Growing your audience? Here’s a guide on enterprise translation management and Rakuten Marketing Product Manager explains the importance of maintaining a unified business experience while growing internationally.
By Meytal Markman (Product Manager, Rakuten Marketing)
Part of growing our global online presence is being able to efficiently manage translation and localization of content and data. Today we are going to zoom in on how to manage content translations as part of an agile software development cycle. The list of things to consider will vary depending on your needs, but here are ten high impact, high visibility places to focus your attention:
Depending on your budget this may be a free or open-source translation engine, a third party company, or internal resources. Think about this not just for your initial full content translation, but as an ongoing relationship you’ll need to maintain for adding new text, new languages, and making edits. It’s always best to have someone with knowledge of your industry working on this.
Building up an industry-specific dictionary with relevant translations for your business that you can grow and maintain will help improve the quality of your translations.
You likely have multiple file formats to manage across your applications. Multiply that by the number of languages you’re translating into, and by the number of people who will be working on the project and you can see why you need a clean and easy way to manage text updates. Whether you build in-house or use third party software, the ability for your project team to be able to see source and translated text side by side is essential.
Identify strings and words that are the same across pages and make sure they use the same translation where contextually appropriate.
Context will help your team test your translations. This is something to build in, or note, in your translation management software or system and to maintain long-term.
Do you have functionality that allows users to upload or download files? Think about file format (UTF-8 vs ANSI, for example) so that non-English characters are supported. How about cross-system data? Do you have data stored in another system that needs to be translated or localized (like numeric values or column headers in reports)? Make sure these systems are integrated as part of your translation strategy.
List and menu content can often originate from a table rather than sit directly in the code. Review this to identify text that will need translation. Furthermore, look at how that text will be displayed so that if you display menu options in alphabetical order, you can make sure that order is maintained across languages.
Do you have buttons or other images on your site that contain text? Prepare to switch over to an HTML & CSS approach. If you simply must have images, then invest some time in refactoring your code so that images can be swapped without needing a code change.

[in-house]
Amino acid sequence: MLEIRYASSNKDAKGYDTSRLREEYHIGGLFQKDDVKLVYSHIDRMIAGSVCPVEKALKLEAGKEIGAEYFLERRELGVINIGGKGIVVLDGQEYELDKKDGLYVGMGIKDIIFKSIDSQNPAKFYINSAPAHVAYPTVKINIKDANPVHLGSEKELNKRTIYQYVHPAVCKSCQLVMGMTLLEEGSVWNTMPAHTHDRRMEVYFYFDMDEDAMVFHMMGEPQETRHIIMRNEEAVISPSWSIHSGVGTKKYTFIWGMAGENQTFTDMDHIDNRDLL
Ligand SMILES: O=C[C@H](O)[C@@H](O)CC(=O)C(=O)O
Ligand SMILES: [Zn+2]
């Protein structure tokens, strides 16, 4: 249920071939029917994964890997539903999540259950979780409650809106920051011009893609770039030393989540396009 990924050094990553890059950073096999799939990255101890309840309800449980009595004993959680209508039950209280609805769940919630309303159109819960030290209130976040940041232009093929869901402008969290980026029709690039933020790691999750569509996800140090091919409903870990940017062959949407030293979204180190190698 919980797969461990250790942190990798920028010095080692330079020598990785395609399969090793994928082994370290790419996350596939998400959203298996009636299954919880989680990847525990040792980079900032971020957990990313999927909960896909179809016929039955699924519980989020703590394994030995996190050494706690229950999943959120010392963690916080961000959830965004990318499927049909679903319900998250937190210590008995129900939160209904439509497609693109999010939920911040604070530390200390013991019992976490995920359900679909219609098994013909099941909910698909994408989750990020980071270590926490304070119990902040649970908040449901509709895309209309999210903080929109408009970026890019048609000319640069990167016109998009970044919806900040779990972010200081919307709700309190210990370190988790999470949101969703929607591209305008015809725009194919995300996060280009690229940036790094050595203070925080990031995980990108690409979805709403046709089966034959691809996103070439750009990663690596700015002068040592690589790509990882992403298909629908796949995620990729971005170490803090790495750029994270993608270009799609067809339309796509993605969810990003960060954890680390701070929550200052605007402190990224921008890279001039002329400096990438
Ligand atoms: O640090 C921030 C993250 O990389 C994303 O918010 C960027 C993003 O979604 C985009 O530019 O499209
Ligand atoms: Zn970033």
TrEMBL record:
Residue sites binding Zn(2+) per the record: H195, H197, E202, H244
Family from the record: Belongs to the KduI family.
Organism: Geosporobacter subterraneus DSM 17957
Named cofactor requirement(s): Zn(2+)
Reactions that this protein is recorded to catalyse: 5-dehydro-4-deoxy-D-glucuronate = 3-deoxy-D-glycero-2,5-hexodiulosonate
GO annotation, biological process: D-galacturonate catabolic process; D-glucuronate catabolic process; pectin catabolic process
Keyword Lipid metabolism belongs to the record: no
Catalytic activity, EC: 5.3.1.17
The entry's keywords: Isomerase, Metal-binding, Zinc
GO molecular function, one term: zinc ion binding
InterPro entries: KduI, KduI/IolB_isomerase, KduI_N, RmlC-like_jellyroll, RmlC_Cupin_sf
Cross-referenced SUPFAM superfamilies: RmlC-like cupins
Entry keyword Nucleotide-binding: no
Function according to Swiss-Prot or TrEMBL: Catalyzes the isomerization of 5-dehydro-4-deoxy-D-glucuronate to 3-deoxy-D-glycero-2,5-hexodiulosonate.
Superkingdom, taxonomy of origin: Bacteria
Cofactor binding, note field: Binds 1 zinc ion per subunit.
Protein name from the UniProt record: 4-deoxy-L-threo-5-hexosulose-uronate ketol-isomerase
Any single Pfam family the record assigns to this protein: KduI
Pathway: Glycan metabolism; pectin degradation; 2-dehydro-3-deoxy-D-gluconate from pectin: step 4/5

If you have any emails, newsletters or other communications that go out to your clients you need to make sure they are translated in order to provide a good end-to-end experience for your users. Take special note of system-generated messages, alerts or automatic emails as these are easy to overlook initially.
If you are translating in-house, most likely your translators are geographically distributed. Consider using a KanBan project board (for Agile development) to manage your process so that you can quickly see what stage translations are in (pending, in progress, ready for development, ready for testing, released).
A note on localization: In addition to displaying translated text content to users, make sure that elements such as date, time, currency and number formats are flexible in their formatting and display. For example: “01/10/2013” – is this January 10th or October 1st? “1.000” – is this “one point zero, zero, zero,” or is it “one thousand”? You get the idea.
Other considerations: This post does not cover right-to-left translations (RTL) nor does it go over content delivery (i.e. showing translations based on browser language, IP address, or user selection), but these are technical aspects that should be considered up front as well.
If you think about these things before you get started, you’ll be in a strong position when you begin translating your content.
This post originally appeared on: Rakuten Linkshare Tech Talk.
About the blogger: Meytal Markman is a Product Manager at Rakuten Marketing, based in San Francisco. She is interested in human experience and enjoys the challenge of facilitating productivity by combining thoughtful design with clever engineering. She believes that a solid understanding of the end user and their overall workflow is vital to developing a successful product.
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